Marine carbon burial flux and the carbon isotope record of Late Cretaceous (Coniacian-Santonian) Oceanic Anoxic Event III

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doi: 10.1016/j.sedgeo.2010.06.026
Author(s): Locklair, Robert; Sageman, Bradley; Lerman, Abraham
Author Affiliation(s): Primary:
Northwestern University, Department of Earth and Planetary Sciences, Evanston, IL, United States
Nanjing University, China
Northwestern University, United States
Volume Title: Causes of oxic-anoxic changes in Cretaceous marine environments and their implications for Earth systems
Volume Author(s): Wagreich, Michael, prefacer; Hu Xiumian; Sageman, Brad
Source: Causes of oxic-anoxic changes in Cretaceous marine environments and their implications for Earth systems, prefaced by Michael Wagreich, Hu Xiumian and Brad Sageman. Sedimentary Geology, 235(1-2), p.38-49. Publisher: Elsevier, Amsterdam, Netherlands. ISSN: 0037-0738 CODEN: SEGEBX
Note: In English. 61 refs.; illus., incl. 4 tables
Summary: Episodes of widespread distribution of organic-rich marine facies within relatively narrow stratigraphic intervals have been interpreted as Oceanic Anoxic Events (OAEs). There are a number of such intervals in the Upper Cretaceous, some of which also exhibit significant positive excursions in carbon isotope records. As a result, a general model of the relationship between enhanced organic carbon burial and positive C-isotope shifts has emerged. Carbon isotope stratigraphy has, therefore, developed the dual utility of a chronostratigraphic tool and a means to help identify and define intervals of exceptional organic matter burial and preservation. However, variations in regional carbon isotope records of globally documented events suggest that the relationship between organic carbon burial flux and magnitude of carbon isotope excursion may not be entirely straightforward. For example, strata of Coniacian-Santonian age have long been recognized for enhanced organic content in many areas, but the designation of Oceanic Anoxic Event III for this interval has been rather equivocal in the literature, mostly due to the weak positive δ13C excursion (≤0.5 ppm). Yet, in some areas organic carbon accumulation rates for Coniacian-Santonian strata are roughly double that of the older OAE II, which is marked by a 2-4 ppm shift in δ13C. Interestingly, the burial flux of carbonate, which leads to depletion rather than enrichment of the C-isotope signal, is also significantly elevated during Coniacian-Santonian time. In this study, the role of variations in organic carbon and carbonate accumulation rates on carbon isotopic expression are explored through application of data on the composition, accumulation rate, and areal distribution of end member facies types to the development of a global carbon isotopic mass balance model. The results are used to explore the hypothesis that net organic carbon burial during OAE III was not accurately represented in the carbon isotopic record. These results have important implications for interpretation of C-isotope records related to past perturbations of the global carbon cycle. Abstract Copyright (2011) Elsevier, B.V.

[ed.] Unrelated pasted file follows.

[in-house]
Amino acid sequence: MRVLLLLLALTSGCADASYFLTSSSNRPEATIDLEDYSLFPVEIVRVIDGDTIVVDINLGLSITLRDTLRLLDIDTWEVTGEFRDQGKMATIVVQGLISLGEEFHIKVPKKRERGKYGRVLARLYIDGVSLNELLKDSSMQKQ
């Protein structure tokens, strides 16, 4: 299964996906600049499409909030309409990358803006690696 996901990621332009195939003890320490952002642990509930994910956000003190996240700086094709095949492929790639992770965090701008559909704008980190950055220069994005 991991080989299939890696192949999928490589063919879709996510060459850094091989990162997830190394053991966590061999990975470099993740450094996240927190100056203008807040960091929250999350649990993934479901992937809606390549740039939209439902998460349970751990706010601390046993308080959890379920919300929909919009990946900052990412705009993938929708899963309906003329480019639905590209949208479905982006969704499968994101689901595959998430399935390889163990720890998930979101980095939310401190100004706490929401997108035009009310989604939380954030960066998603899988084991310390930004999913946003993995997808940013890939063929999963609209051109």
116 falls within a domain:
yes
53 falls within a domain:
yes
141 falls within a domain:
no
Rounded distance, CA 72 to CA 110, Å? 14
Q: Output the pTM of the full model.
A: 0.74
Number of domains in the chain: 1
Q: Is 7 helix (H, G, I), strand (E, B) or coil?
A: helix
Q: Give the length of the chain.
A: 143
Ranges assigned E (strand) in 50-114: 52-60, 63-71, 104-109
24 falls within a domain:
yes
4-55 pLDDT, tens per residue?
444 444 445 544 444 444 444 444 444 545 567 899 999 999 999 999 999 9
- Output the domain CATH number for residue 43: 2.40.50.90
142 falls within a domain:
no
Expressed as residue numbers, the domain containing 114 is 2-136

Year of Publication: 2011
Research Program: ODP Ocean Drilling Program
Key Words: 02 Geochemistry; 12 Stratigraphy, Historical Geology and Paleoecology; Atlantic Ocean; Austin Chalk; Black shale; Bridge Creek Limestone Member; Burial; C-13/C-12; Campanian; Carbon; Carbonate rocks; Cenomanian; Cenozoic; Chalk; Clastic rocks; Coniacian; Cretaceous; Demopolis Chalk; England; Equatorial Atlantic; Europe; Fort Hays Limestone Member; Global; Great Britain; Greenhorn Limestone; Gulfian; Holocene; Inorganic materials; Isotope ratios; Isotopes; Leg 159; Marine environment; Marl; Mesozoic; Modern; Niobrara Formation; North America; North Atlantic; Ocean Drilling Program; Oceanic anoxic events; Organic carbon; Pelagic environment; Pierre Shale; Quaternary; Red beds; Santonian; Sedimentary rocks; Senonian; Sensitivity analysis; Stable isotopes; Turonian; United Kingdom; United States; Upper Cretaceous; Western Europe; Western Interior; White Chalk
Coordinates: N031503 N033740 W0024359 W0031056
Record ID: 2011040007
Copyright Information: GeoRef, Copyright 2019 American Geosciences Institute. Reference includes data from CAPCAS, Elsevier Scientific Publishers, Amsterdam, Netherlands